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How Life's Daily Tasks Can Work for You

By Sandy Schroeder

Most of us have become preoccupied with the need to move more. At times that can be frustrating as we try to wedge exercise into the daily schedule, but now a new idea is emerging.  Non-exercise activities may help us burn energy when we are not sleeping, working, eating or actually exercising.

These non-exercise activities can be as simple as making the bed or vacuuming, or as automatic as doing isometric stretches while seated at a desk. 

Why Bother?

This may sound like a lot of effort, but the American Heart Association says most people do not meet the recommended weekly dose of 150 minutes of heart-pumping exercise, plus two sessions of muscle strengthening activity. These are exercise benefits that we all need in order to prevent heart attacks and lower the risk of depression and physical disabilities.

Making It Happen

It might be easier than you think if you simply scan a typical day and start listing all of the things that you do.

  • Wash the dog or the car
  • Trim the bushes
  • Vacuum the house
  • Tote and load the laundry
  • Buy and tote home the weekly groceries
  • Scrub the floors and counters
  • Clean the bathrooms

This list can be endless. Make your own and see how you are spending more energy every day. Then factor that in to your activity estimates to see where you stand. If you skip tasks or get someone else to do them, they don't count. These tasks are called "active living," and they might really help you live better and longer.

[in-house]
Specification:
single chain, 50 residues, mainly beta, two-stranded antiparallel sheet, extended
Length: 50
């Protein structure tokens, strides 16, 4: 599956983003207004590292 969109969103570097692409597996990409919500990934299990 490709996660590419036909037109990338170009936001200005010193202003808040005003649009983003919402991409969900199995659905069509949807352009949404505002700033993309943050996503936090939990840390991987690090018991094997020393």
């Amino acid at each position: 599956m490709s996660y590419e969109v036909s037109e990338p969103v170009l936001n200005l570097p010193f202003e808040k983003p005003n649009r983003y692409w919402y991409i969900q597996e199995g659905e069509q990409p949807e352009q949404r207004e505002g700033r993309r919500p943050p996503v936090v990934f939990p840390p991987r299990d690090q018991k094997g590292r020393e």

Getting Specific

Researchers say two adults of the same weight can burn 350 more calories a day by getting rid of labor-saving devices and moving all day long. Thirty minutes on a stair machine will burn 223 calories for a 155-pound person. Moving around the office uses up three calories per minute. Walking and talking on the phone could make these numbers count. Climbing stairs uses seven calories per minute.

Next, Avoid the Chairs at Work

Harvard researchers say we spend about 40 percent of our daily awake time, about 16 hours, in a chair. Instead they say, "Act like that constantly moving kid in the second grade who drove the teacher crazy. Throw a ball, pace while on the phone, take stairs, wiggle on agility balls, do random under-the-desk movements such as stepping or swiveling, schedule walking meetings, and alternate between sitting and standing."

Choose Your Course

Ask yourself what you do all day that could be done differently with a little more elbow grease. Walk, bike, clean, tote, and carry more and sit less. Then enjoy the difference in your body and your health.

To learn more about your health, wellness, and fitness, see your local chiropractor at The Joint Chiropractic in Spring, Tex. 

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